Director of Greek Studies appointed
Director of Greek Studies appointed
21 Dec 2009
Professor Chris Mackie, an internationally recognised scholar with a publication record and research agenda combining the ancient and modern worlds, has been appointed to the position of Professorial Director of the Research Centre for Greek Studies at La Trobe University.
Professor Mackie is currently Associate Professor in the Centre for Classics and Archaeology at The University of Melbourne where he has established highly successful research linkages with colleagues in a range of academic disciplines.
‘Professor Mackie is committed to community engagement and has extensive experience in university administration, including operational policy and strategic planning,’ said La Trobe Vice-Chancellor, Professor Paul Johnson.
‘I am delighted with this appointment as Chris is ideally qualified to lead the Research Centre for Greek Studies,’ he said.
The Research Centre was established earlier this year as an affirmation of La Trobe’s long-standing commitment to Greek Studies, and its integration within the Faculty of Humanities and Social Sciences will promote multidisciplinary research in topics related to Greece, its language, modern history and the study of Greek Diasporas around the world.
‘As a lifelong admirer of Greek culture I am delighted to take up the position of Director of Greek Studies at La Trobe. There is much excellent work to do, including with the Greek community with whom I have had many links in my time in Melbourne,’ said Professor Mackie.
‘Professor Mackie’s appointment will deepen our close relationship to the Greek community as he will be instrumental in initiating programs to extend Greek studies and programs to increase higher education access for students from Greek backgrounds,’ said Professor Johnson.
Professor Johnson also paid tribute to the enormous contribution of volunteers and donors from the Greek community who have generously contributed their time and money over the years to supporting La Trobe's Hellenic programs.
BIOGRAPHY: Chris Mackie
Qualifications: BA Hons (Newcastle, NSW) PhD (Glasgow)
Chris Mackie studied Classics at the University of Newcastle (NSW) and the University of Glasgow in Scotland. He worked at the University of New England (NSW) for two years before moving to the University of Melbourne. His earlier research was on the Roman poet Vergil, but since then he has focused on the Homeric epics, Greek mythology, and modern responses to ancient cultures. His main teaching responsibilities are in the classical languages and in a wide variety of non-language courses (Ancient Greece: Myth, Art, Text; The Epics of Homer; Underworld and Afterlife; the Epic Cycle and Homeric Hymns). He has been Director of the Centre for Classics and Archaeology (with a break for leave) since its inception in 2000.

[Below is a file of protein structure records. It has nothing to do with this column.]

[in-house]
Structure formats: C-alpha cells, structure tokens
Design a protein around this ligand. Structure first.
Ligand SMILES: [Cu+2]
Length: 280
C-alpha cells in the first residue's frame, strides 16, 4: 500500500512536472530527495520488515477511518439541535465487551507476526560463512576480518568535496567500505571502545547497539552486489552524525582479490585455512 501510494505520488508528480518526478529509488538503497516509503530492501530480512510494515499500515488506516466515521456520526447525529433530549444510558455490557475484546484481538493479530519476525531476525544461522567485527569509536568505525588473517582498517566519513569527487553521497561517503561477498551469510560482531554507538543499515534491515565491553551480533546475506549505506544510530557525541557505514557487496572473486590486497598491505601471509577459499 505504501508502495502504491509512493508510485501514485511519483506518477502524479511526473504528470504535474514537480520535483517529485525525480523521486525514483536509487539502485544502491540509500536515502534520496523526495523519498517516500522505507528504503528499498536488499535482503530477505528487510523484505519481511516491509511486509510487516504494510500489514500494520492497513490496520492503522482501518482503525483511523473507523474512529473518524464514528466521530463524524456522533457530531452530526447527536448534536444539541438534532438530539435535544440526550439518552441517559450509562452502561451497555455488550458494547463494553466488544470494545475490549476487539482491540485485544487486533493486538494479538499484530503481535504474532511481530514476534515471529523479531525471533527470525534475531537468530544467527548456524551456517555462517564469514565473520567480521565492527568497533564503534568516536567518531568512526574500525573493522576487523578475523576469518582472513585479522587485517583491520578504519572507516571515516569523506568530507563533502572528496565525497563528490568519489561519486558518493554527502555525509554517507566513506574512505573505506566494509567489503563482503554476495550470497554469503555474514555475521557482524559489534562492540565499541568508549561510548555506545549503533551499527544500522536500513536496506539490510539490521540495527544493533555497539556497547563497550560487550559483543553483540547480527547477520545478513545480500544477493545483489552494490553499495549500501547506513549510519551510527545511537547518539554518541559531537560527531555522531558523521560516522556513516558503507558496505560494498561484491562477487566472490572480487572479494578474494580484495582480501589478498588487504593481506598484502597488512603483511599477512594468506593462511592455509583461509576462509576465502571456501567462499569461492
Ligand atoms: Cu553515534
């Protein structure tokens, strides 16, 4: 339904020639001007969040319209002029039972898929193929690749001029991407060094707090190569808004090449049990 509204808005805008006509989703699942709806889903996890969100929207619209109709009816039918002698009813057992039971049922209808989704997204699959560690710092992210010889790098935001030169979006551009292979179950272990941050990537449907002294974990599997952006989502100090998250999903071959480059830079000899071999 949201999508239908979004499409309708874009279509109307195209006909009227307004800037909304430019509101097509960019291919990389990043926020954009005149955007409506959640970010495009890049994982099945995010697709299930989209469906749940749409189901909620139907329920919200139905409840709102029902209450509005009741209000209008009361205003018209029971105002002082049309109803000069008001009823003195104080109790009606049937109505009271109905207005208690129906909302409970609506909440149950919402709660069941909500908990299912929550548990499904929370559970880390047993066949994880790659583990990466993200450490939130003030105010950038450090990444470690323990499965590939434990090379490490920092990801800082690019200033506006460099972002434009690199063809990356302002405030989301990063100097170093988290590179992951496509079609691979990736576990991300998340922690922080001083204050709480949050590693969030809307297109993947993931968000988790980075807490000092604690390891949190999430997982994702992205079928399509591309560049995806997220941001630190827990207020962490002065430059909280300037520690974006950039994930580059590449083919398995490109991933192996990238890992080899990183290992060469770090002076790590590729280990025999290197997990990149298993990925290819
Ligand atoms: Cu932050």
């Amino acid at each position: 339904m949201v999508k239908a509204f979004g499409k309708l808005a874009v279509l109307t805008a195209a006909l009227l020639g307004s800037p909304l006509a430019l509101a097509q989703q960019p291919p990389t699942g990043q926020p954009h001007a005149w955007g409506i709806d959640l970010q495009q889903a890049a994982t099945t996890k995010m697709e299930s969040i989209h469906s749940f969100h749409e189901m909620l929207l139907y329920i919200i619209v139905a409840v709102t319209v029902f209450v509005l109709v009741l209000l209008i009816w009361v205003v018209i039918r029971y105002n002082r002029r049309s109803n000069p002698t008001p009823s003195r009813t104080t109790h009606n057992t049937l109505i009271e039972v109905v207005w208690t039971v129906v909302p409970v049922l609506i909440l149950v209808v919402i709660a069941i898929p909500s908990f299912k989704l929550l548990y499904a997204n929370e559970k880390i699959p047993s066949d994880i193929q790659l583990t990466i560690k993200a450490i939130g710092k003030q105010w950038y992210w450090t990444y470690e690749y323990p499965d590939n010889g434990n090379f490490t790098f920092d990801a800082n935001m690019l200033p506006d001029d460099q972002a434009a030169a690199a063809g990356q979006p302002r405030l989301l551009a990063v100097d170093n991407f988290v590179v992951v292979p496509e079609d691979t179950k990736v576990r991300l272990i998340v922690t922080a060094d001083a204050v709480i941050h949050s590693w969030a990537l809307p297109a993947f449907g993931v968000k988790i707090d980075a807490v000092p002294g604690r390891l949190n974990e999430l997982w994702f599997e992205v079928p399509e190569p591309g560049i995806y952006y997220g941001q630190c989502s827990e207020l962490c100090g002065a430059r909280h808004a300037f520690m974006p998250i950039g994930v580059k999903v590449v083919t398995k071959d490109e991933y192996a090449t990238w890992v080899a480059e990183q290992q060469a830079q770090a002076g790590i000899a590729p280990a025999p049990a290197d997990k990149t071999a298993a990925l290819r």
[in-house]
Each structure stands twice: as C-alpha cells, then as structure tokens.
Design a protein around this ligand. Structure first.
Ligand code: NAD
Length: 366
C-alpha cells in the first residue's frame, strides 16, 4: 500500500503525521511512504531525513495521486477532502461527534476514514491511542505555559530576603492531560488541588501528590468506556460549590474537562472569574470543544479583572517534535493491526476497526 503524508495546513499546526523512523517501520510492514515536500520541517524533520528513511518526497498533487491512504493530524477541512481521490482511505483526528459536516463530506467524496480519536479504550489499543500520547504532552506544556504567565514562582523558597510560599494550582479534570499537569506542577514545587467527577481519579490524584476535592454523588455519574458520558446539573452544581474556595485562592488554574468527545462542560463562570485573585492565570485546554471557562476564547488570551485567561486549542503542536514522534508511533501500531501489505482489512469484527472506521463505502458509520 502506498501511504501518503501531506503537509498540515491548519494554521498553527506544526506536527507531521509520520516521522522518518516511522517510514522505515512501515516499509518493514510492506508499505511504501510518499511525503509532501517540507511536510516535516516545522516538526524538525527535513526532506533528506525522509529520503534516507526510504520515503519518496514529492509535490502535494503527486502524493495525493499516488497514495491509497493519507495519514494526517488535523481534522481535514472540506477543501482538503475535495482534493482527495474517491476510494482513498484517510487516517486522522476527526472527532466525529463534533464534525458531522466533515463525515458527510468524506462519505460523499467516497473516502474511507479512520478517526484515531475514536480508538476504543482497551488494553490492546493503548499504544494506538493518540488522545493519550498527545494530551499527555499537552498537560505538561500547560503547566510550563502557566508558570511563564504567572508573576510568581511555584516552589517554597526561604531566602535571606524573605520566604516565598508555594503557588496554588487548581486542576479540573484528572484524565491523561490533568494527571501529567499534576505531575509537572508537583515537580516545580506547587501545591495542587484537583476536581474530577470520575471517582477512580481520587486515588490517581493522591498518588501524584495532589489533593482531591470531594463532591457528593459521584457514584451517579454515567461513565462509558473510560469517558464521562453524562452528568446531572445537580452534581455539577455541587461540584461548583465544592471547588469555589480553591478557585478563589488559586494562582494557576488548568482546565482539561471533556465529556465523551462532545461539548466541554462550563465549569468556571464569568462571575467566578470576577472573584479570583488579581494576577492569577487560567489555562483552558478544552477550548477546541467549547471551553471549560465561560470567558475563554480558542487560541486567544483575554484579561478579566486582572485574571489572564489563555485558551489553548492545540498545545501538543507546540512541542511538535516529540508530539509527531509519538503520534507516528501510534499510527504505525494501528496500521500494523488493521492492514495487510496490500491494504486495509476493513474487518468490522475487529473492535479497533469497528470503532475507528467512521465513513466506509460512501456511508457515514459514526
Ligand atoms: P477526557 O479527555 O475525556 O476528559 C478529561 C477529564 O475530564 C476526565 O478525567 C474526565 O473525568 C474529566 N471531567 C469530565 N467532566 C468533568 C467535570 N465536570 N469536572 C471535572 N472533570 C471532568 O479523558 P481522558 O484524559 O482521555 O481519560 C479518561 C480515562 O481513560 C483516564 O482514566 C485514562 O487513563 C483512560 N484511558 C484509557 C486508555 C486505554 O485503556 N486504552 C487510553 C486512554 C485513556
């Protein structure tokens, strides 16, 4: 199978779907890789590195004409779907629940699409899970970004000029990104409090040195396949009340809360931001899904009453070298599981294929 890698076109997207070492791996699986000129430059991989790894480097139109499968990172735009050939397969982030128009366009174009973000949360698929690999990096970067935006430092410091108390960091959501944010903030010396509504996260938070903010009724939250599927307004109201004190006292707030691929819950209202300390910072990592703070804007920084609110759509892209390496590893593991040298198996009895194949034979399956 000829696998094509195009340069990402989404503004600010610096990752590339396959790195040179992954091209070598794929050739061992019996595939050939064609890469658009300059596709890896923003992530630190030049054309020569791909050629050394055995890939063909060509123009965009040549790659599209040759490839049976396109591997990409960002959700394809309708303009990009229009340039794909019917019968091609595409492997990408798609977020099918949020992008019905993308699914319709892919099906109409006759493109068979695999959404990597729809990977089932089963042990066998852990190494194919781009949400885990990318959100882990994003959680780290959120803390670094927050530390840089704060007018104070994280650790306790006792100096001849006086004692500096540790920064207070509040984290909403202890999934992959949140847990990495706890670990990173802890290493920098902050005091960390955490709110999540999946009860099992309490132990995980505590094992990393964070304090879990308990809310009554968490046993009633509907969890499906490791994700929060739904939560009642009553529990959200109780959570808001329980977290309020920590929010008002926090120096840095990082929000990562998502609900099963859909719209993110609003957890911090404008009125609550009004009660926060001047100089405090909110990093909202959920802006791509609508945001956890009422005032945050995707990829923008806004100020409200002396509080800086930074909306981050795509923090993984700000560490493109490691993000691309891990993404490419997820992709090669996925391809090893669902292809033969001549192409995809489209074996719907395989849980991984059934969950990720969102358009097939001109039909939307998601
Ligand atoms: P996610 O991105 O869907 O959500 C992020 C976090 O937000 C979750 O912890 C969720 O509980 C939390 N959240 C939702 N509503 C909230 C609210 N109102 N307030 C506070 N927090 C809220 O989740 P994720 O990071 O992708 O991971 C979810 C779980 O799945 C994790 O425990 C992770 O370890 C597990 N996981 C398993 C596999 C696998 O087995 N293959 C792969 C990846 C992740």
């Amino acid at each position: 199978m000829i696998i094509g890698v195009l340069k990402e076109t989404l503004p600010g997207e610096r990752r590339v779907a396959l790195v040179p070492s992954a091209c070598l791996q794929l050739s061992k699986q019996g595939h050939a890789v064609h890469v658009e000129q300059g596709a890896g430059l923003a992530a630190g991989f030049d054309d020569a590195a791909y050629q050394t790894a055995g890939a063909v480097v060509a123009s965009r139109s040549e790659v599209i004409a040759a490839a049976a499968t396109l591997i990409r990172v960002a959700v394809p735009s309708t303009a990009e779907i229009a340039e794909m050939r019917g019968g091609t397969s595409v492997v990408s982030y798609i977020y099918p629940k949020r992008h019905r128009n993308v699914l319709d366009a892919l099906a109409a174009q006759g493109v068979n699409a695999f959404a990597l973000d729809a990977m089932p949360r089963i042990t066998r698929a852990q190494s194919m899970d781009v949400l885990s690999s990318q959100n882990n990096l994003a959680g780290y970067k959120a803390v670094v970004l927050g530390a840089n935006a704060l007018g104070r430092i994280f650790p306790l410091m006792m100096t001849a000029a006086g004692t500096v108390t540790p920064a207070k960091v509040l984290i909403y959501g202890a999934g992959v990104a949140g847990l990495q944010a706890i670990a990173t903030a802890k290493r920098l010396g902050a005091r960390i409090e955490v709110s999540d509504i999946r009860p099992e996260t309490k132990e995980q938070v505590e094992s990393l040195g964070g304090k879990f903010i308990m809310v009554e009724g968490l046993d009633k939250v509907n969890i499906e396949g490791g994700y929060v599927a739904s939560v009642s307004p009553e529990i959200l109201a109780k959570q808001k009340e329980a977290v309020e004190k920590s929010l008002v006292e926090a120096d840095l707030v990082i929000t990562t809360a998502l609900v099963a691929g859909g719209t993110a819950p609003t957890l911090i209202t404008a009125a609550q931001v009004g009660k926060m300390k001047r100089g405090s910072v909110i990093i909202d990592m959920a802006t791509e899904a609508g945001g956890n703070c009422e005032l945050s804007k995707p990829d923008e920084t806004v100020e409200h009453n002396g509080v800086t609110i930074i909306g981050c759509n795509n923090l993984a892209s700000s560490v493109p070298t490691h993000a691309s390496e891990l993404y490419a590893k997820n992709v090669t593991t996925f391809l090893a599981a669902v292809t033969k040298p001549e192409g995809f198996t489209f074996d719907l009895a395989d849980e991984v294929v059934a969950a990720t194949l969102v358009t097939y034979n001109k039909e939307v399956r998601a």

In 2002, Chris led a team from the Centre and joined creative forces with the New Media and Digital Services arm of the Australian Broadcasting Corporation (ABC) to produce the internationally acclaimed website Winged Sandals, which won the following awards:
- Gold World Medal (Education category) at the New York Festivals 2004 Interactive Award
- Best of the Best Award and Best eLearning in the 2003 Australian Interactive Media Industry Association Awards
- Best Storytelling award at the 2004 San Francisco Flash Forward Festival
- SXS Web Media Festival Award
Greek and Roman epic poetry (especially Homer and Vergil). Greek and Roman mythology; Greek heroes and contemporary superheroes; the reception of Classical antiquity in modern times (with particular reference to the attitude towards the Classics before, during, and after the Great War); the Dardanelles region in antiquity as a historical and archaeological background to the Gallipoli campaign of 1915.
Gallipoli and the Classics
Type of Project: An analysis of the Greek/Homeric/Trojan context of the Gallipoli campaign. This will include archaeological analysis of the battlefield site.
Collaborators: Professor Antonio Sagona
This project will explore the many references to Homer, Troy, and the Classics in the written record of the Gallipoli campaign. It will concentrate on the close proximity of Troy and Gallipoli (just across the Dardanelles from one another) and the fact that some participants in the campaign evoked Achilles and the Trojan war in their writings. It will explore the strong tradition of Classics in education in the pre-Great war period, especially in Britain, and the way that this influenced some Gallipoli writings.
- Mackie, C.J. The Characterisation of Aeneas, Scottish Academic Press, Edinburgh: X+ 247pp (1988)
- Mackie, C.J. Rivers of Fire: Mythic themes in Homer’s Iliad, New Academia Press, Washington, DC (2008) viii + 264pp (Available at: www.newacademia.com)
- K.H. Lee, C.J. Mackie, H.Tarrant (co-eds.) Multarum Artium Scientia, Prudentia, Auckland viii +189pp (1993)
- C.J. Mackie, (ed.) Oral Performance and its Context, (Brill, Leiden, 2004) viii+208
- W. Haslem, C.J. Mackie and A. Ndalianis, Super/Heroes (New Academia, 2006) X+416pp
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